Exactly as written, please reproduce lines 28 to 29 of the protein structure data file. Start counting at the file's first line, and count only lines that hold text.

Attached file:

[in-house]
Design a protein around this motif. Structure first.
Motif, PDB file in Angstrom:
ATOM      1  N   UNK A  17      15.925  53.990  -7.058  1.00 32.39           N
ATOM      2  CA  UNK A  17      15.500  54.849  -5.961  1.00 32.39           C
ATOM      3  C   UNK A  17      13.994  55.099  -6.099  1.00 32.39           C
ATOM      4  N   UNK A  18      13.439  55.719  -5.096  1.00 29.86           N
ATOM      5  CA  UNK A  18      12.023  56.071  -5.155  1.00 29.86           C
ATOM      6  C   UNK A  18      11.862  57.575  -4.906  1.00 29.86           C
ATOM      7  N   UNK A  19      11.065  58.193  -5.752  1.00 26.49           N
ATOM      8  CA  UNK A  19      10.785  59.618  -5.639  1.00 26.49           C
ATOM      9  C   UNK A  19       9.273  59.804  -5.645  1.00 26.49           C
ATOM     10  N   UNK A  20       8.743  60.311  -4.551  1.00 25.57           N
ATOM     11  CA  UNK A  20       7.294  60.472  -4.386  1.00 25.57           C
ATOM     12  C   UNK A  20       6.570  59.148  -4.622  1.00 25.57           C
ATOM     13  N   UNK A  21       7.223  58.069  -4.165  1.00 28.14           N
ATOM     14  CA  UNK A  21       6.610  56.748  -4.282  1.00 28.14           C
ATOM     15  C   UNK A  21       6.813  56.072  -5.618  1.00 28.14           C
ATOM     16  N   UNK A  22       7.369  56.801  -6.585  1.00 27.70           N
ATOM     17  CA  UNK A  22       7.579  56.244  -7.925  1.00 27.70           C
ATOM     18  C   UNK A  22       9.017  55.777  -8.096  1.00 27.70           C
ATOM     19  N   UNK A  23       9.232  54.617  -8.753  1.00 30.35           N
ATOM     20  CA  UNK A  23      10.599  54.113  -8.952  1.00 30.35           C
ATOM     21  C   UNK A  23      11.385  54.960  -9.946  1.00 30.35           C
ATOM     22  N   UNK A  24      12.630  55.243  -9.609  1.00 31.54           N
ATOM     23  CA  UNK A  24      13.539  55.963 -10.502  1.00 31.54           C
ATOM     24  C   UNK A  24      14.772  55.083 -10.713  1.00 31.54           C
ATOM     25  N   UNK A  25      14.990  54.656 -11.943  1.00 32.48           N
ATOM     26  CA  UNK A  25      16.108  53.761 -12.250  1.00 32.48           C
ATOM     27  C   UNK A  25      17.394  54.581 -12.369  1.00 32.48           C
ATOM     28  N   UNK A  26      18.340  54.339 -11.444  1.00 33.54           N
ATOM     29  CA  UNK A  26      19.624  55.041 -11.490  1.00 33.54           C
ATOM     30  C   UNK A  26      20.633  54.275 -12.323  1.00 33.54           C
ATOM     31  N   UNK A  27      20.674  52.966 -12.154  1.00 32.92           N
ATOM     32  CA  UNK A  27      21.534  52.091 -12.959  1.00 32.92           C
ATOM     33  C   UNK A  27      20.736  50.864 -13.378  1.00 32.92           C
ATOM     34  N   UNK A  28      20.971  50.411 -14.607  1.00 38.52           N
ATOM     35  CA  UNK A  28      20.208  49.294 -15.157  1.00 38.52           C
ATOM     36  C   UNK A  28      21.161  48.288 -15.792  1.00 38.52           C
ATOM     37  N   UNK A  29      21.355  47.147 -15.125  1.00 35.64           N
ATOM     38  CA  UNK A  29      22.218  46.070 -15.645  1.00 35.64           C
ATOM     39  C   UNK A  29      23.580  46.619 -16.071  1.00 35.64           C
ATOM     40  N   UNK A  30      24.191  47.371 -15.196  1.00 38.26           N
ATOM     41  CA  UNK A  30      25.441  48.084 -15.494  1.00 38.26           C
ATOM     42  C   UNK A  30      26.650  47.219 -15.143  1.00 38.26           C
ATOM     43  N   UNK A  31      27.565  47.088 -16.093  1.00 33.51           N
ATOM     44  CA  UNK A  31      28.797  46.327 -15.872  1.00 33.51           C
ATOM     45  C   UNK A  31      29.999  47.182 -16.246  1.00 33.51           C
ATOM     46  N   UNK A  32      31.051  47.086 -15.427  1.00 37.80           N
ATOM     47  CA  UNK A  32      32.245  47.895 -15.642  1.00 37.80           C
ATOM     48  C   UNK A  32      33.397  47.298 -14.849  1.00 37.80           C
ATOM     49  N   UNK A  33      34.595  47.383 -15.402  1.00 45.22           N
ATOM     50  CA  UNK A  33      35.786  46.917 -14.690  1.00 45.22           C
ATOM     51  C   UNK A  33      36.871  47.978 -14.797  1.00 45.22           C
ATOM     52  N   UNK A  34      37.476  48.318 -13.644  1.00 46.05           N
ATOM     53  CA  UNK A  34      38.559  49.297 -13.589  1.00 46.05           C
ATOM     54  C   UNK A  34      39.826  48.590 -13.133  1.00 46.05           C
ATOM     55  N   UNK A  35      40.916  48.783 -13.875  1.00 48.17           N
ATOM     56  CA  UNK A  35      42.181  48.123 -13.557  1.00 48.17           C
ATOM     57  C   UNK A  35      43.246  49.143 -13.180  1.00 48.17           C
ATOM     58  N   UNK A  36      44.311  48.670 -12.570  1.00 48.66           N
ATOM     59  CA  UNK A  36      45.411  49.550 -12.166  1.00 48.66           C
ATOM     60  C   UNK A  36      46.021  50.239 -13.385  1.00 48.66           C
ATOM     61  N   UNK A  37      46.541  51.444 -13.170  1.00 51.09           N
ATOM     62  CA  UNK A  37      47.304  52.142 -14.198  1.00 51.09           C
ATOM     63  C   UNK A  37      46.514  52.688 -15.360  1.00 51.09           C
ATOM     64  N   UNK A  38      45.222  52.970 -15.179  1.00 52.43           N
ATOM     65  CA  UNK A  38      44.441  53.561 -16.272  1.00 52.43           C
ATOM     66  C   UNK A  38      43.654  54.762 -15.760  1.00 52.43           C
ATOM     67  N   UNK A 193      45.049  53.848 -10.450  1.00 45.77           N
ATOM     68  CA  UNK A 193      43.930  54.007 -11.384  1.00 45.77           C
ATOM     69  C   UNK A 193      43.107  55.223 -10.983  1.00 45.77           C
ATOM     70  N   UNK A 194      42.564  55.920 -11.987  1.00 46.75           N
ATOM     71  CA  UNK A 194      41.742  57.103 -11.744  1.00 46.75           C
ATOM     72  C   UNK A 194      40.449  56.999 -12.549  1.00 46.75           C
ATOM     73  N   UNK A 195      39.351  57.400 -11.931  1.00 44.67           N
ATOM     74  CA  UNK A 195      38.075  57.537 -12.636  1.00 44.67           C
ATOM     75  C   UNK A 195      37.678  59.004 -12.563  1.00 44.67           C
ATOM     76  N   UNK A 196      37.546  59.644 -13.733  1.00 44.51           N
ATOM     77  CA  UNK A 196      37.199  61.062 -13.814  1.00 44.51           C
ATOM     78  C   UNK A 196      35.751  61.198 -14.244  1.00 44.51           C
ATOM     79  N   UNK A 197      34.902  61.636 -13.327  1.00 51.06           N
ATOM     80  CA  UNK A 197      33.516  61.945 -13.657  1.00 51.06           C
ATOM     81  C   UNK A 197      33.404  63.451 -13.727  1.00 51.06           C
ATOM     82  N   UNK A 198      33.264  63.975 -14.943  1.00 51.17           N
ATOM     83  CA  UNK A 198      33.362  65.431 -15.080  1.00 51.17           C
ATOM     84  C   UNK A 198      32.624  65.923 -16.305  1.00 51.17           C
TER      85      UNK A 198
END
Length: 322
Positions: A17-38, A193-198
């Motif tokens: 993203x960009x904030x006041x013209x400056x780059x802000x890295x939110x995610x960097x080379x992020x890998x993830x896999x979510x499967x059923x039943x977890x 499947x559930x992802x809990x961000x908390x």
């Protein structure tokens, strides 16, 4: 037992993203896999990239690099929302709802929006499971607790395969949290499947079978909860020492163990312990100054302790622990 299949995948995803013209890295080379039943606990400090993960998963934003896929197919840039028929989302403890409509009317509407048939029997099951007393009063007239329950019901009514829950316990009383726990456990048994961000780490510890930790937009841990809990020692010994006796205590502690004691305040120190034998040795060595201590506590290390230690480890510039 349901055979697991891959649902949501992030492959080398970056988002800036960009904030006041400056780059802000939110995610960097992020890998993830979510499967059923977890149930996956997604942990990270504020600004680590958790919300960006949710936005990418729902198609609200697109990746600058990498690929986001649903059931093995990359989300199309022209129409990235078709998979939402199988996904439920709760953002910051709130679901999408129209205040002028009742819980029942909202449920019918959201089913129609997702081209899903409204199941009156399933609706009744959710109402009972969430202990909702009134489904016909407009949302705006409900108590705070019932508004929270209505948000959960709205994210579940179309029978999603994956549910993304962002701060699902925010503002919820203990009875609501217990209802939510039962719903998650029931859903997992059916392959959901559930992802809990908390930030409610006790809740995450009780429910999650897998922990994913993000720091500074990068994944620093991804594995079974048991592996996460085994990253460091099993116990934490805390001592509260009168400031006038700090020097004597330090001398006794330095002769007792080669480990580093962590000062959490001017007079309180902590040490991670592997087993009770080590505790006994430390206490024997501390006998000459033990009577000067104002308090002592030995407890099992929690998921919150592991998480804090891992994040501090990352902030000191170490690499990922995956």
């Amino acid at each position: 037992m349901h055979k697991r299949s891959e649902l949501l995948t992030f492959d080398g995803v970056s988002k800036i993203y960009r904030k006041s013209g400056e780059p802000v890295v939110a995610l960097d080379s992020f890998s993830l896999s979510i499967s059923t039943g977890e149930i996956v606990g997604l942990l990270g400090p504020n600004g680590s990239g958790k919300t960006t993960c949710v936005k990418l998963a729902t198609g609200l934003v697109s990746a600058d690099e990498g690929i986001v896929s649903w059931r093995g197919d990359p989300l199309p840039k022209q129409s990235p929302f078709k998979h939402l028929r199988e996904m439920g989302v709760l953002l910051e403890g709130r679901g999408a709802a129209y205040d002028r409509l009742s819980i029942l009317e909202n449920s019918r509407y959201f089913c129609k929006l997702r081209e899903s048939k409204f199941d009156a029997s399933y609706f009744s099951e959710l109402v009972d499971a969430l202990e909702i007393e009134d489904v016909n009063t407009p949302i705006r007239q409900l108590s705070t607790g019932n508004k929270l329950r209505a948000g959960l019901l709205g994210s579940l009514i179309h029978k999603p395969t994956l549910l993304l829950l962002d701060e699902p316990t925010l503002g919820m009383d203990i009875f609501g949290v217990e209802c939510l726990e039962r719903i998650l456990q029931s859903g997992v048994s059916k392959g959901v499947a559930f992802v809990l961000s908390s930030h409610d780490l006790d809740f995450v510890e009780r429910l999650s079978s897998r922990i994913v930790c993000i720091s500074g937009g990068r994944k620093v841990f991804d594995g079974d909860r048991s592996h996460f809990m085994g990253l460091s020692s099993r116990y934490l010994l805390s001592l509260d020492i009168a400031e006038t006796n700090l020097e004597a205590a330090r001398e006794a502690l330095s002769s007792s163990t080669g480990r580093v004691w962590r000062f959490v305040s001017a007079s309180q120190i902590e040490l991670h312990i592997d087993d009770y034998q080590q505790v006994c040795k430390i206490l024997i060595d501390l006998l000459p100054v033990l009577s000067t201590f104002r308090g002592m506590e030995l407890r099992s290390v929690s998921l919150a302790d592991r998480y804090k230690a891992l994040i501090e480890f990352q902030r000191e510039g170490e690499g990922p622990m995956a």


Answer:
ATOM     25  N   UNK A  25      14.990  54.656 -11.943  1.00 32.48           N
ATOM     26  CA  UNK A  25      16.108  53.761 -12.250  1.00 32.48           C